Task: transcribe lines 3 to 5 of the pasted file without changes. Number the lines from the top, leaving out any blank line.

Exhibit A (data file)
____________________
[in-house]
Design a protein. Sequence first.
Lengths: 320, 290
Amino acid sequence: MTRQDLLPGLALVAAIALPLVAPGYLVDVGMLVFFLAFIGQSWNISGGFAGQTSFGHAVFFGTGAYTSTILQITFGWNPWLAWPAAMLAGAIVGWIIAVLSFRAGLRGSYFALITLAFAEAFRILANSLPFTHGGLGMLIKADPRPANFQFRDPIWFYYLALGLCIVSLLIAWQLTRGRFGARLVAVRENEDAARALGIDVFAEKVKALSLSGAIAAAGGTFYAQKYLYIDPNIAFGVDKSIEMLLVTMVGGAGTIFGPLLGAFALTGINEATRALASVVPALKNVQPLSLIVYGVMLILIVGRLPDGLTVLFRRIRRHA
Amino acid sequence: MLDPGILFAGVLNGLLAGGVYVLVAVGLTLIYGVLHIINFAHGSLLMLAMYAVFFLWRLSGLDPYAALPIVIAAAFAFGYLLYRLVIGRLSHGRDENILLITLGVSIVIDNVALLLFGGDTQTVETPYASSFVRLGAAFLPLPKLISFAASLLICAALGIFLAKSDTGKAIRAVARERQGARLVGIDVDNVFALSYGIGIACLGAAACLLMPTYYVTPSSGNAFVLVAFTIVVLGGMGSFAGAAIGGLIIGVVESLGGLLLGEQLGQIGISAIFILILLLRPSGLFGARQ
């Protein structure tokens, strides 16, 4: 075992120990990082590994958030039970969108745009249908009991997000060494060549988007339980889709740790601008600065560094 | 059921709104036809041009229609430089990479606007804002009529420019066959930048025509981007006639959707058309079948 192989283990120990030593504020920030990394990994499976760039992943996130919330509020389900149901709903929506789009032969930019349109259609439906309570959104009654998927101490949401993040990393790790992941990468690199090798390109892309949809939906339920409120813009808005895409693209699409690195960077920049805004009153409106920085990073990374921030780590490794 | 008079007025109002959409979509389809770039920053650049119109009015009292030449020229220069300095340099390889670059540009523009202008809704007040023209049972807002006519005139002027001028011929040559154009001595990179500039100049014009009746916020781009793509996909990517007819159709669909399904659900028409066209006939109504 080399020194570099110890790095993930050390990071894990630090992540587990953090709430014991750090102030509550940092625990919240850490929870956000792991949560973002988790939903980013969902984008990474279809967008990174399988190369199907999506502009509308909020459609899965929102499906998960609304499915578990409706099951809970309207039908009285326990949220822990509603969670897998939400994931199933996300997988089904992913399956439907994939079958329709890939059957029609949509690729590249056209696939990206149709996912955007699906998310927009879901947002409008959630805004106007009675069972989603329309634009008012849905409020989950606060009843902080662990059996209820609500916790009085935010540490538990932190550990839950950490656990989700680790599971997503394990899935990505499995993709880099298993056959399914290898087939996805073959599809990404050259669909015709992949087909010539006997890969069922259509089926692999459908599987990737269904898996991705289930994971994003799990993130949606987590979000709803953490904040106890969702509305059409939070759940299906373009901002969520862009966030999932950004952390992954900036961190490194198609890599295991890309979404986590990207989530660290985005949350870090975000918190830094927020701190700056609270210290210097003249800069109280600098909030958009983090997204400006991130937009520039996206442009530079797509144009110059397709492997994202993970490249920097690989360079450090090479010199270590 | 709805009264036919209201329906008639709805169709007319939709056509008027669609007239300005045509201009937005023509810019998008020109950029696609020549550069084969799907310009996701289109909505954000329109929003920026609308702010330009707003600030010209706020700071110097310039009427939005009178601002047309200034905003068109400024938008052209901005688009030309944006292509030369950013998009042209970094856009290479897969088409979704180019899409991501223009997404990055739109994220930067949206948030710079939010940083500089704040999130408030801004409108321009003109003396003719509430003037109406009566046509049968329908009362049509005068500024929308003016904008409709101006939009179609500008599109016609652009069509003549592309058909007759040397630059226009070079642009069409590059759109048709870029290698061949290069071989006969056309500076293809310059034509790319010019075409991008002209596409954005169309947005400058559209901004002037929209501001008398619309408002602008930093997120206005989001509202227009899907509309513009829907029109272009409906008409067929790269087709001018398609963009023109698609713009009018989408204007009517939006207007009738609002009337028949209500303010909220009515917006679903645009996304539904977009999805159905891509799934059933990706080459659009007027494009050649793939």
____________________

Lengths: 320, 290
Amino acid sequence: MTRQDLLPGLALVAAIALPLVAPGYLVDVGMLVFFLAFIGQSWNISGGFAGQTSFGHAVFFGTGAYTSTILQITFGWNPWLAWPAAMLAGAIVGWIIAVLSFRAGLRGSYFALITLAFAEAFRILANSLPFTHGGLGMLIKADPRPANFQFRDPIWFYYLALGLCIVSLLIAWQLTRGRFGARLVAVRENEDAARALGIDVFAEKVKALSLSGAIAAAGGTFYAQKYLYIDPNIAFGVDKSIEMLLVTMVGGAGTIFGPLLGAFALTGINEATRALASVVPALKNVQPLSLIVYGVMLILIVGRLPDGLTVLFRRIRRHA
Amino acid sequence: MLDPGILFAGVLNGLLAGGVYVLVAVGLTLIYGVLHIINFAHGSLLMLAMYAVFFLWRLSGLDPYAALPIVIAAAFAFGYLLYRLVIGRLSHGRDENILLITLGVSIVIDNVALLLFGGDTQTVETPYASSFVRLGAAFLPLPKLISFAASLLICAALGIFLAKSDTGKAIRAVARERQGARLVGIDVDNVFALSYGIGIACLGAAACLLMPTYYVTPSSGNAFVLVAFTIVVLGGMGSFAGAAIGGLIIGVVESLGGLLLGEQLGQIGISAIFILILLLRPSGLFGARQ